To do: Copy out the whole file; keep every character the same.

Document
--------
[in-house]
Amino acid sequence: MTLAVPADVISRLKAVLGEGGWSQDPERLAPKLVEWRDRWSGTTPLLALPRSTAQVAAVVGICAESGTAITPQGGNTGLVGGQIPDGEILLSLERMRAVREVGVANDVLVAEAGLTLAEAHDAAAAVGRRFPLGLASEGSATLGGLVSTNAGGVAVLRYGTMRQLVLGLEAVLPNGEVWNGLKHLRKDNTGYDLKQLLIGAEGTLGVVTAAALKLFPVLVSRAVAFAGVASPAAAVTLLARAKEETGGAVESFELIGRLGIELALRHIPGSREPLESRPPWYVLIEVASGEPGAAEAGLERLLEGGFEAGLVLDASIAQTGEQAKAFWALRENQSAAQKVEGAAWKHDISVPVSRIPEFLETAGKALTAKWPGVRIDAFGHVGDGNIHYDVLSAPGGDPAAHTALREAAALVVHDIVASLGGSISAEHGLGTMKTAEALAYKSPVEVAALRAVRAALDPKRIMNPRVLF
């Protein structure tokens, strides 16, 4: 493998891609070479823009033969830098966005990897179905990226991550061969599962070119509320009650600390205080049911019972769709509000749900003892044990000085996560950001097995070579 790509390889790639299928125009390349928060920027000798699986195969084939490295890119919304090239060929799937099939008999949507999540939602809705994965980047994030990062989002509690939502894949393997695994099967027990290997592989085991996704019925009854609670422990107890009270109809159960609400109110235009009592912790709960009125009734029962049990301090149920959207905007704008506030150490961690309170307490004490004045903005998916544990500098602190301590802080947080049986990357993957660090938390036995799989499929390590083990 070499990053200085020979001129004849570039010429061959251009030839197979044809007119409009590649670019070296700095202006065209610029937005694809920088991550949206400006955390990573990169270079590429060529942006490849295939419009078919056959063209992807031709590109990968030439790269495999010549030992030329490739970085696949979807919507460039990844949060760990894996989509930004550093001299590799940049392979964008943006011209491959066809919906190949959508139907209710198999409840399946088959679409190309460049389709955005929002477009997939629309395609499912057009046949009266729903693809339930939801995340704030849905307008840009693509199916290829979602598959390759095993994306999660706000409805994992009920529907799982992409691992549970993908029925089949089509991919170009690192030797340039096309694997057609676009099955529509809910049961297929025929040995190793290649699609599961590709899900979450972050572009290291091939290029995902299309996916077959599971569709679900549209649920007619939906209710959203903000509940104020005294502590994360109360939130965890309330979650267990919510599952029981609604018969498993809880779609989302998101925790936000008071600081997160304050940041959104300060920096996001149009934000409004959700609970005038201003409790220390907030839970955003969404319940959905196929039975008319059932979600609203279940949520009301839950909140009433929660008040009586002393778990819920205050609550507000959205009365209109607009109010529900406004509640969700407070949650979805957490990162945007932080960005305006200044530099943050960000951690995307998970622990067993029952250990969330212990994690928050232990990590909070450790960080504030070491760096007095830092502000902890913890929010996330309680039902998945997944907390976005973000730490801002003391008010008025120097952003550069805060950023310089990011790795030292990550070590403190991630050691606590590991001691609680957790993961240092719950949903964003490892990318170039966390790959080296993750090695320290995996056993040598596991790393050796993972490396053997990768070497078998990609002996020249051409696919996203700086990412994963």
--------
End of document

[in-house]
Amino acid sequence: MTLAVPADVISRLKAVLGEGGWSQDPERLAPKLVEWRDRWSGTTPLLALPRSTAQVAAVVGICAESGTAITPQGGNTGLVGGQIPDGEILLSLERMRAVREVGVANDVLVAEAGLTLAEAHDAAAAVGRRFPLGLASEGSATLGGLVSTNAGGVAVLRYGTMRQLVLGLEAVLPNGEVWNGLKHLRKDNTGYDLKQLLIGAEGTLGVVTAAALKLFPVLVSRAVAFAGVASPAAAVTLLARAKEETGGAVESFELIGRLGIELALRHIPGSREPLESRPPWYVLIEVASGEPGAAEAGLERLLEGGFEAGLVLDASIAQTGEQAKAFWALRENQSAAQKVEGAAWKHDISVPVSRIPEFLETAGKALTAKWPGVRIDAFGHVGDGNIHYDVLSAPGGDPAAHTALREAAALVVHDIVASLGGSISAEHGLGTMKTAEALAYKSPVEVAALRAVRAALDPKRIMNPRVLF
């Protein structure tokens, strides 16, 4: 493998891609070479823009033969830098966005990897179905990226991550061969599962070119509320009650600390205080049911019972769709509000749900003892044990000085996560950001097995070579 790509390889790639299928125009390349928060920027000798699986195969084939490295890119919304090239060929799937099939008999949507999540939602809705994965980047994030990062989002509690939502894949393997695994099967027990290997592989085991996704019925009854609670422990107890009270109809159960609400109110235009009592912790709960009125009734029962049990301090149920959207905007704008506030150490961690309170307490004490004045903005998916544990500098602190301590802080947080049986990357993957660090938390036995799989499929390590083990 070499990053200085020979001129004849570039010429061959251009030839197979044809007119409009590649670019070296700095202006065209610029937005694809920088991550949206400006955390990573990169270079590429060529942006490849295939419009078919056959063209992807031709590109990968030439790269495999010549030992030329490739970085696949979807919507460039990844949060760990894996989509930004550093001299590799940049392979964008943006011209491959066809919906190949959508139907209710198999409840399946088959679409190309460049389709955005929002477009997939629309395609499912057009046949009266729903693809339930939801995340704030849905307008840009693509199916290829979602598959390759095993994306999660706000409805994992009920529907799982992409691992549970993908029925089949089509991919170009690192030797340039096309694997057609676009099955529509809910049961297929025929040995190793290649699609599961590709899900979450972050572009290291091939290029995902299309996916077959599971569709679900549209649920007619939906209710959203903000509940104020005294502590994360109360939130965890309330979650267990919510599952029981609604018969498993809880779609989302998101925790936000008071600081997160304050940041959104300060920096996001149009934000409004959700609970005038201003409790220390907030839970955003969404319940959905196929039975008319059932979600609203279940949520009301839950909140009433929660008040009586002393778990819920205050609550507000959205009365209109607009109010529900406004509640969700407070949650979805957490990162945007932080960005305006200044530099943050960000951690995307998970622990067993029952250990969330212990994690928050232990990590909070450790960080504030070491760096007095830092502000902890913890929010996330309680039902998945997944907390976005973000730490801002003391008010008025120097952003550069805060950023310089990011790795030292990550070590403190991630050691606590590991001691609680957790993961240092719950949903964003490892990318170039966390790959080296993750090695320290995996056993040598596991790393050796993972490396053997990768070497078998990609002996020249051409696919996203700086990412994963």